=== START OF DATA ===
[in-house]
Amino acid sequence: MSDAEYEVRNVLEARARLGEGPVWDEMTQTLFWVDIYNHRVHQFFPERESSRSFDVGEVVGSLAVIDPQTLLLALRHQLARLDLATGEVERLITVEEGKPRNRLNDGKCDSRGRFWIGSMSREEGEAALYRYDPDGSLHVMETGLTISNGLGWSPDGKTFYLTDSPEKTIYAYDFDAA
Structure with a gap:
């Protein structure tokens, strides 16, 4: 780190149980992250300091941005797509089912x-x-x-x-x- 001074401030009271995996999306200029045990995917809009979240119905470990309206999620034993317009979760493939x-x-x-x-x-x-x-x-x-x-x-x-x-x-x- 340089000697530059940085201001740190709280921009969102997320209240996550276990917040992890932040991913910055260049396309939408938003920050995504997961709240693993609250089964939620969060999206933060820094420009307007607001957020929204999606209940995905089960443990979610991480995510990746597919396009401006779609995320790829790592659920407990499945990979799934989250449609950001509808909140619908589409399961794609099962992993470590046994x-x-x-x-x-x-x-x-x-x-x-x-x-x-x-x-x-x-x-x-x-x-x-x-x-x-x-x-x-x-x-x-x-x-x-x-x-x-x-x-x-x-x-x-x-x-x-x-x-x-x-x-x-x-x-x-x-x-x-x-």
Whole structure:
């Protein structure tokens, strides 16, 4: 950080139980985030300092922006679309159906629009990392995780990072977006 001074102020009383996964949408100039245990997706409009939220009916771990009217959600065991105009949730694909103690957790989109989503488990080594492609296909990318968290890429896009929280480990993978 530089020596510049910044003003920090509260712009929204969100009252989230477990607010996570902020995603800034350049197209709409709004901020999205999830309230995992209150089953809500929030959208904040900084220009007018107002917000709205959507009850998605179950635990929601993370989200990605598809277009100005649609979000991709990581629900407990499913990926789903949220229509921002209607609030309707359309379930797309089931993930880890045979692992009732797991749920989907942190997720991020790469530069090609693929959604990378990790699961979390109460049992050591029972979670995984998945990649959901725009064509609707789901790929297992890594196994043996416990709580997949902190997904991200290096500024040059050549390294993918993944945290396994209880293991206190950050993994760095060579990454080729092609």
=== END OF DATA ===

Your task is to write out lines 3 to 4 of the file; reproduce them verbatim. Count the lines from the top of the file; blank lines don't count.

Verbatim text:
Structure with a gap:
């Protein structure tokens, strides 16, 4: 780190149980992250300091941005797509089912x-x-x-x-x- 001074401030009271995996999306200029045990995917809009979240119905470990309206999620034993317009979760493939x-x-x-x-x-x-x-x-x-x-x-x-x-x-x- 340089000697530059940085201001740190709280921009969102997320209240996550276990917040992890932040991913910055260049396309939408938003920050995504997961709240693993609250089964939620969060999206933060820094420009307007607001957020929204999606209940995905089960443990979610991480995510990746597919396009401006779609995320790829790592659920407990499945990979799934989250449609950001509808909140619908589409399961794609099962992993470590046994x-x-x-x-x-x-x-x-x-x-x-x-x-x-x-x-x-x-x-x-x-x-x-x-x-x-x-x-x-x-x-x-x-x-x-x-x-x-x-x-x-x-x-x-x-x-x-x-x-x-x-x-x-x-x-x-x-x-x-x-």